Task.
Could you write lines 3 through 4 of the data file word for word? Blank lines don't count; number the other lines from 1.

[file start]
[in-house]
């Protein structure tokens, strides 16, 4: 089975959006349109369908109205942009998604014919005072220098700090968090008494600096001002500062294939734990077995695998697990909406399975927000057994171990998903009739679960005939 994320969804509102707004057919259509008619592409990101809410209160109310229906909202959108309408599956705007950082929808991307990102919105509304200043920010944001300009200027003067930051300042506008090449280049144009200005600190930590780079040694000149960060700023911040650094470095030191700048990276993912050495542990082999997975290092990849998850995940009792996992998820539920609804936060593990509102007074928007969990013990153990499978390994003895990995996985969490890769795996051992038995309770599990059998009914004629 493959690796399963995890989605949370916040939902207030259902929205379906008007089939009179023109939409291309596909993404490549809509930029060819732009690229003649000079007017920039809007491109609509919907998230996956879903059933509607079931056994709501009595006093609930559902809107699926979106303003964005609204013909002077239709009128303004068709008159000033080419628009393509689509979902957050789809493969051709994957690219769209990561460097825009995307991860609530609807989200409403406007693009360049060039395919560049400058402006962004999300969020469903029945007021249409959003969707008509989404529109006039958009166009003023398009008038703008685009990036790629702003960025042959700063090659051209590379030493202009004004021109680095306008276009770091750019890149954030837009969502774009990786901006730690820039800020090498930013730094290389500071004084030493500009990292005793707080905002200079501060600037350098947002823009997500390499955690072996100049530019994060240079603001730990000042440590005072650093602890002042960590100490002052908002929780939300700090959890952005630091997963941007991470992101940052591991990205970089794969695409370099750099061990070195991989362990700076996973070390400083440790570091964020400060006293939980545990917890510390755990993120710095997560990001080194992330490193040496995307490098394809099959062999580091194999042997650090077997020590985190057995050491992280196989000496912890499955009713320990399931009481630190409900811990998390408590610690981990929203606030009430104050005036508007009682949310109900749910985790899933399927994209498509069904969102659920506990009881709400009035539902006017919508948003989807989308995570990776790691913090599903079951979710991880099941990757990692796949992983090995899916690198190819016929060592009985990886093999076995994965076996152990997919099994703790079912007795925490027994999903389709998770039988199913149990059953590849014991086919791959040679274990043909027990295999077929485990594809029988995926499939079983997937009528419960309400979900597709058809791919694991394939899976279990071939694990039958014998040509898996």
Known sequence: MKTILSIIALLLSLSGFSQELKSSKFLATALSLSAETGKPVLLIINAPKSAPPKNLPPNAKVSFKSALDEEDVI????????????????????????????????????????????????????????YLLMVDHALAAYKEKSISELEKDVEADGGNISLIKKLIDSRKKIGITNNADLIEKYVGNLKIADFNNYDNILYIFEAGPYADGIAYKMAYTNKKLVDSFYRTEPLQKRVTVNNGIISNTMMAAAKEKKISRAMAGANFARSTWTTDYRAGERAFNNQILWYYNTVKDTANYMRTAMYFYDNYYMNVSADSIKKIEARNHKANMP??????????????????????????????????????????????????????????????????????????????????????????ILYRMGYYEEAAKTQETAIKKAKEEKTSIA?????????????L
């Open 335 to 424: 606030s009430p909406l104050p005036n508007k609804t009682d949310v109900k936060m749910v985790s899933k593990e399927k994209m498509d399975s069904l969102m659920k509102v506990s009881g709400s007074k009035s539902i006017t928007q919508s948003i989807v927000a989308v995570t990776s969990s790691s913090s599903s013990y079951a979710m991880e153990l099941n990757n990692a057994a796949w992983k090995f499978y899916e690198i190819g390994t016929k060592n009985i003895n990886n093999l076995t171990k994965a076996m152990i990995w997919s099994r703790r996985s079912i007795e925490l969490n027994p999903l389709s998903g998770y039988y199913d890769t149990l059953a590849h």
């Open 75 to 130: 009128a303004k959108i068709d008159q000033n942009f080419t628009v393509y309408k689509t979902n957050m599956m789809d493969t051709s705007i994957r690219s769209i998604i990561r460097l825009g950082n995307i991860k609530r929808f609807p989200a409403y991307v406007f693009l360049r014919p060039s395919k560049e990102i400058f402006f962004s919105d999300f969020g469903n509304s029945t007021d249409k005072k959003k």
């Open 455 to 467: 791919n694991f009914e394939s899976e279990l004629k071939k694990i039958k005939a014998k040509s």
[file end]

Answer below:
Known sequence: MKTILSIIALLLSLSGFSQELKSSKFLATALSLSAETGKPVLLIINAPKSAPPKNLPPNAKVSFKSALDEEDVI????????????????????????????????????????????????????????YLLMVDHALAAYKEKSISELEKDVEADGGNISLIKKLIDSRKKIGITNNADLIEKYVGNLKIADFNNYDNILYIFEAGPYADGIAYKMAYTNKKLVDSFYRTEPLQKRVTVNNGIISNTMMAAAKEKKISRAMAGANFARSTWTTDYRAGERAFNNQILWYYNTVKDTANYMRTAMYFYDNYYMNVSADSIKKIEARNHKANMP??????????????????????????????????????????????????????????????????????????????????????????ILYRMGYYEEAAKTQETAIKKAKEEKTSIA?????????????L
């Open 335 to 424: 606030s009430p909406l104050p005036n508007k609804t009682d949310v109900k936060m749910v985790s899933k593990e399927k994209m498509d399975s069904l969102m659920k509102v506990s009881g709400s007074k009035s539902i006017t928007q919508s948003i989807v927000a989308v995570t990776s969990s790691s913090s599903s013990y079951a979710m991880e153990l099941n990757n990692a057994a796949w992983k090995f499978y899916e690198i190819g390994t016929k060592n009985i003895n990886n093999l076995t171990k994965a076996m152990i990995w997919s099994r703790r996985s079912i007795e925490l969490n027994p999903l389709s998903g998770y039988y199913d890769t149990l059953a590849h």